I have found another review on the net saying that more text would have been appreciated, but I ask myself where the info for that should have come from. The book is crammed with info about technical questions, about people, about French cycling culture, more often than not in side bar boxes giving info at the right time when it would have distracted from the plot of the running text. Plot – I know, a word used in describing fictional literature, but this definitively scientific book (using footnotes, giving a list of references in the end, and completed by an index) can be read like a novel – that´s how gripping it is.

It has of course the added attraction of describing a beautiful girl´s life story – starting with childhood snaps of Lyli with her Herse bike, seemingly the first her father made, and ending depicting her as a middle aged woman who is obviously rather content with her life´s achievements, despite having married late. This is stuff that could even move hardened novel readers to tears. Coming to think of it, the book could as well have born Lyli´s name.

And the pictures. The sheer volume of them makes taking in the book an adventure which can last for weeks.  I´m close to fainting when I imagine how long it must have taken to scan and process all those hundreds of old paper prints. There is a combination of the Herse family´s cycling photos, studio photography of surviving bicycles and other sources like contemporary newspaper ads and the reprint of a complete Herse catalogue with Rebour drawings. As readers of this blog will know, photography is not my forte, so saying that I adore most of the photographies in Jan´s book is not an expert´s opinion, but then, who is.


Camping_1980_profil There are always pictures accompanying the text which are special, look at this Osgear geared bike, for instance.

Andre_ChanteloupThis I found especially fitting as <SNEAK PREVIEW> I´m in the process of building up a 1938 Dürkopp pro frame with just such a device. Heaven knows when I´ll finish it, though.

As the reader tucks into the book it becomes increasingly clear that Jan has succeeded in repeating Herse´s feats in bicyle building, who produced not only frames, but also components of the highest quality. Jan´s achievement is in the field of writing books but looking at the result it becomes clear that René Herse sets standards not just as far as the frame of information is concerned, but also when considering the components like choice of photos and layout. His first two volumes were good, and have deservedly been translated into German, but the Herse tome tops them all. It may well herald a new golden age of bicycle book writing.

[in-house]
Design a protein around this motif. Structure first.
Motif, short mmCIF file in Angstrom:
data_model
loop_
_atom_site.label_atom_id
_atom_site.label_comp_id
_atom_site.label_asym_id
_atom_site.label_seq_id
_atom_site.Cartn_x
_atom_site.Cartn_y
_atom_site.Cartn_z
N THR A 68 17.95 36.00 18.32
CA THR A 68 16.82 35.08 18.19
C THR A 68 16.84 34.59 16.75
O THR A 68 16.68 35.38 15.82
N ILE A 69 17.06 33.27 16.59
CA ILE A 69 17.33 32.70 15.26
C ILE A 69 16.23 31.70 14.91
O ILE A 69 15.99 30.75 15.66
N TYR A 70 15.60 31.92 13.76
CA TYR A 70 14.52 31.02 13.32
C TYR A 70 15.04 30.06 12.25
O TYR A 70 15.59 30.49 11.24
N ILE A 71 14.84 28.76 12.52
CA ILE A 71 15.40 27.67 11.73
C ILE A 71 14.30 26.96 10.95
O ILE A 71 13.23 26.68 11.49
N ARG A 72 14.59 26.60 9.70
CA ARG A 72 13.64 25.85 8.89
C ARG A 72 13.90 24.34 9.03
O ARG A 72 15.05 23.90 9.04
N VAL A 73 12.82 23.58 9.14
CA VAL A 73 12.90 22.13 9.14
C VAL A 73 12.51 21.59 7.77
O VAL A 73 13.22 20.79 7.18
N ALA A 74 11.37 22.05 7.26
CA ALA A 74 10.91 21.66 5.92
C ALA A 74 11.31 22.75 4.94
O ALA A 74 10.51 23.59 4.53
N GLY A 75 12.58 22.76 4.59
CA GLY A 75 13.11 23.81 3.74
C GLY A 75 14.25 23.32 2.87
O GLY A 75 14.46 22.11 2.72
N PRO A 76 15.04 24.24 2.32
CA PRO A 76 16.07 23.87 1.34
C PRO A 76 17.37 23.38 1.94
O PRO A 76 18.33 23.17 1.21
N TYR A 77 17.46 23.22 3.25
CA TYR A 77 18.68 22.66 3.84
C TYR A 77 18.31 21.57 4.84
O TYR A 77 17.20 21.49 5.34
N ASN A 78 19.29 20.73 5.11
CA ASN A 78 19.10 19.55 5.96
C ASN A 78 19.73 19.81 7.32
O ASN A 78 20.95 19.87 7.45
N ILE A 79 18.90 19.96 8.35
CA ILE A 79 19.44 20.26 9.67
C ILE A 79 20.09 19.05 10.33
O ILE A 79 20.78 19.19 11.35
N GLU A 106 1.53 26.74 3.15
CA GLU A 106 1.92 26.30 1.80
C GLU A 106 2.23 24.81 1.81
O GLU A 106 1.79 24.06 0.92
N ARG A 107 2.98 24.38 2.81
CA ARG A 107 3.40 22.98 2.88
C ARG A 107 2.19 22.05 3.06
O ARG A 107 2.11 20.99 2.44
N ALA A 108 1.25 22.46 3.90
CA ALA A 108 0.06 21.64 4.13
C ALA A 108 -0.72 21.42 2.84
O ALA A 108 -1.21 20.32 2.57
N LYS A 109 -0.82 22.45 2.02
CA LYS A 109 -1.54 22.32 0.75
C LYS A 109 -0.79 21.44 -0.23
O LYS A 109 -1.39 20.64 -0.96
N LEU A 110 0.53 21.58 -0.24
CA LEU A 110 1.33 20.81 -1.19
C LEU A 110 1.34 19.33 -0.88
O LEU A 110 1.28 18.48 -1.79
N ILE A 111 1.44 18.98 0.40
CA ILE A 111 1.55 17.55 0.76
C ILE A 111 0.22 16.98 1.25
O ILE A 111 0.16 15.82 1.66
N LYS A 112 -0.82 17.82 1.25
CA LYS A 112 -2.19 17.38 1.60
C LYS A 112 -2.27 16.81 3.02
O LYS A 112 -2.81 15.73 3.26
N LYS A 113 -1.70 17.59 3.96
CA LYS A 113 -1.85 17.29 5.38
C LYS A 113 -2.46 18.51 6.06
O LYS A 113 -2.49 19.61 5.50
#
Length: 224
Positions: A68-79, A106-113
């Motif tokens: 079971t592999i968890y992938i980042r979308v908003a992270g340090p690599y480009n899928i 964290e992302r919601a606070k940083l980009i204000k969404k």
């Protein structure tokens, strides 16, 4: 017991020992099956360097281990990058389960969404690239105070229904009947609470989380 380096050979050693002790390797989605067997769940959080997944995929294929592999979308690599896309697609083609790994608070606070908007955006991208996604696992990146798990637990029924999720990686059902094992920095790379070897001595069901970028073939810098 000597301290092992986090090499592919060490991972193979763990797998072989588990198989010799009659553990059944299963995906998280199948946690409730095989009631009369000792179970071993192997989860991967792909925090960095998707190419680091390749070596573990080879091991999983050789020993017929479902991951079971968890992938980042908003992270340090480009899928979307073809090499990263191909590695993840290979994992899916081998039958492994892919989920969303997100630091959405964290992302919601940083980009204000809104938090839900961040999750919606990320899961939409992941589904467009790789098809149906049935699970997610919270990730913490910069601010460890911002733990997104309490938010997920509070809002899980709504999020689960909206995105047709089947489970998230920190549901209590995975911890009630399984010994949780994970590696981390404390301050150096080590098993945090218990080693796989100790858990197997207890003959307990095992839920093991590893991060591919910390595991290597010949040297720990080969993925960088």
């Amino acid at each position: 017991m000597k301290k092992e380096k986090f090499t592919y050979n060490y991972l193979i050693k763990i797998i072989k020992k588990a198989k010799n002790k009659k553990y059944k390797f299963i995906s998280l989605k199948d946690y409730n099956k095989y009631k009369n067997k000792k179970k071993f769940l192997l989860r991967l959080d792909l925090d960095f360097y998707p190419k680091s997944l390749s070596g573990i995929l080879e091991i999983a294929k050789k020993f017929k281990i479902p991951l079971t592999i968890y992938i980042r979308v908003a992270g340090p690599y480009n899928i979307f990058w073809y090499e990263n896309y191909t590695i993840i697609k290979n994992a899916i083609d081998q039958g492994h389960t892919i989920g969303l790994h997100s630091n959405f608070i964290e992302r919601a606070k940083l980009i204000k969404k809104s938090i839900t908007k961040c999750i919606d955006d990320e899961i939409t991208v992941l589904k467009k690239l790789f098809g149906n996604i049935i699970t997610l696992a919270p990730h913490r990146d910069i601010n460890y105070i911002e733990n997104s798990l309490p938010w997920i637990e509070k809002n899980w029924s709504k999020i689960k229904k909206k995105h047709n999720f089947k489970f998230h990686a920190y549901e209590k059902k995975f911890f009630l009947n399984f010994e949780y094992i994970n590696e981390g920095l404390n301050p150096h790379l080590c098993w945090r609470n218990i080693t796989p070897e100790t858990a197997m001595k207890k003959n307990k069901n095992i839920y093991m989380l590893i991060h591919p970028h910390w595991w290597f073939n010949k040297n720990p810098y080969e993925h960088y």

All of Jan´s books and BQ can be ordered from In Germany they are available at Maxime Verlag. Jan´s first two books as well as BQ can also be bought at M-Gineering in the Netherlands.

All photos in this review are courtesy of Jan Heine/Bicycle Quarterly Press.



  1. Alexander
    Posted December 28, 2013 at 10:13 am | Permalink | Reply

    Oder bei Sehr freundliche Besitzerin. Da hab ich meines her und man spart die Versandkosten und den Zoll

    • Posted December 28, 2013 at 6:45 pm | Permalink | Reply

      Alexanders says that also carries it – that´s what I had in mind when I wrote Maxime Verlag. It´s the same very friendly owner.

Leave a Reply

Fill in your details below or click an icon to log in: Logo

You are commenting using your account. Log Out / Change )

Twitter picture

You are commenting using your Twitter account. Log Out / Change )

Facebook photo

You are commenting using your Facebook account. Log Out / Change )

Google+ photo

You are commenting using your Google+ account. Log Out / Change )

Connecting to %s